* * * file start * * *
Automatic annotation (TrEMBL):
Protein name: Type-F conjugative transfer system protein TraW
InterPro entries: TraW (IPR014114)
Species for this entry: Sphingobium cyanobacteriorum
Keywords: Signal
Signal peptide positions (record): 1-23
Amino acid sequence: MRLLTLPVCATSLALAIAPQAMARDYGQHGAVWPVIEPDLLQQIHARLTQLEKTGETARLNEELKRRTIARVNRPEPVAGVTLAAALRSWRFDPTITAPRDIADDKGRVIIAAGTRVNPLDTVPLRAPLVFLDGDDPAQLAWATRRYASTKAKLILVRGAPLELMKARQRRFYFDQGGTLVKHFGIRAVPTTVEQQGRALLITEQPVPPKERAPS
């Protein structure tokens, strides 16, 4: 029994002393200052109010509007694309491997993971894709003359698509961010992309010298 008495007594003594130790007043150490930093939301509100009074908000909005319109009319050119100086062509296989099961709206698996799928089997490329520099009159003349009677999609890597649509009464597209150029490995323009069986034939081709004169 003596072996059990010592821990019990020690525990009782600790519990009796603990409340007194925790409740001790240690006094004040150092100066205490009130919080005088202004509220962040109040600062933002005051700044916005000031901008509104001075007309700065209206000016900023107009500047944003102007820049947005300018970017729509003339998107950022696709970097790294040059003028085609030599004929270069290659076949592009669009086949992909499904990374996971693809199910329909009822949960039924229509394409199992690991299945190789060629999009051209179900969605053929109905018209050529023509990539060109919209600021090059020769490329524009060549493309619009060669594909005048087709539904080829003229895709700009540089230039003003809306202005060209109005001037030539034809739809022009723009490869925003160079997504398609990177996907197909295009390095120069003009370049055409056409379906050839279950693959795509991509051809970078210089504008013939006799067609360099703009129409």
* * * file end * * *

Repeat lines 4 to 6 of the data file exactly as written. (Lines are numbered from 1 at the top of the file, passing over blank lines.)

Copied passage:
Species for this entry: Sphingobium cyanobacteriorum
Keywords: Signal
Signal peptide positions (record): 1-23